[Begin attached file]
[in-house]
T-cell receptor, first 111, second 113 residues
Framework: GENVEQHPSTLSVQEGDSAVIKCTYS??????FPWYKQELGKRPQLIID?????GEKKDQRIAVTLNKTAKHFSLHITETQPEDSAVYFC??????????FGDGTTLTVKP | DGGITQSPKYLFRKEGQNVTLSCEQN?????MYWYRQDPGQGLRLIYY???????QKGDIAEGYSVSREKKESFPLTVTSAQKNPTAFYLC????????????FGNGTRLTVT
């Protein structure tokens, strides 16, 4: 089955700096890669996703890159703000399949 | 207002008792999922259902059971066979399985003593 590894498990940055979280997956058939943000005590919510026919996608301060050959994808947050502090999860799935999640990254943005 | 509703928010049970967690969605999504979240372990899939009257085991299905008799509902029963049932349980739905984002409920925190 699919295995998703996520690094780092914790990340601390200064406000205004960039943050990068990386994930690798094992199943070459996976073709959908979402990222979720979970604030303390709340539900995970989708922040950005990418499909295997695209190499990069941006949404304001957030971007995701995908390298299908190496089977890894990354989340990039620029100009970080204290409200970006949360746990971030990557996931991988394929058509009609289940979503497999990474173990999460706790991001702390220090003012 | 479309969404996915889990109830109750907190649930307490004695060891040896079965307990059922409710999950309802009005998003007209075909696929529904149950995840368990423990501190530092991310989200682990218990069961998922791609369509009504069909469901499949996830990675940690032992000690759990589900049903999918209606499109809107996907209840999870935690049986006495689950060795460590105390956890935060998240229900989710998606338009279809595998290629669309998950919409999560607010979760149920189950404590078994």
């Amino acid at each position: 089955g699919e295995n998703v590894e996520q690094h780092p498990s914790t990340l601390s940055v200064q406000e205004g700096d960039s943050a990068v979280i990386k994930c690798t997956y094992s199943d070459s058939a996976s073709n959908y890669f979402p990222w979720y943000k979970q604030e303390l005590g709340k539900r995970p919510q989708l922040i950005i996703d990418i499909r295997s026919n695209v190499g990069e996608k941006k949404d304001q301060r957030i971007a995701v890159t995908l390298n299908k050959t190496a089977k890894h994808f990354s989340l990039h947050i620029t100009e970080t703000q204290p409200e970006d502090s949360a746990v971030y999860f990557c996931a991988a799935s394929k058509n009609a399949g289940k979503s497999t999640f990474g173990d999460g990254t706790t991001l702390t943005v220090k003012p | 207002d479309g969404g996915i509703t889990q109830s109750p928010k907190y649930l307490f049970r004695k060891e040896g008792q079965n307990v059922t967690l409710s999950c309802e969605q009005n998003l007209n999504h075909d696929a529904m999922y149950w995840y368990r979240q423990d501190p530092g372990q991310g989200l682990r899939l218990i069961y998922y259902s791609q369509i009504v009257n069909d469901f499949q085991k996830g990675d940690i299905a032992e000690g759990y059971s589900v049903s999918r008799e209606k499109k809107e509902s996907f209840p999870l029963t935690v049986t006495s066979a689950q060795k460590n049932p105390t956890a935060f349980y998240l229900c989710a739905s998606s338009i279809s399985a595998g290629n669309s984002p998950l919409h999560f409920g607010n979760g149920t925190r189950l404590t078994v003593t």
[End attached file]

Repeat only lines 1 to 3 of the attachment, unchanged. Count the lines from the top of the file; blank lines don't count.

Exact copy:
[in-house]
T-cell receptor, first 111, second 113 residues
Framework: GENVEQHPSTLSVQEGDSAVIKCTYS??????FPWYKQELGKRPQLIID?????GEKKDQRIAVTLNKTAKHFSLHITETQPEDSAVYFC??????????FGDGTTLTVKP | DGGITQSPKYLFRKEGQNVTLSCEQN?????MYWYRQDPGQGLRLIYY???????QKGDIAEGYSVSREKKESFPLTVTSAQKNPTAFYLC????????????FGNGTRLTVT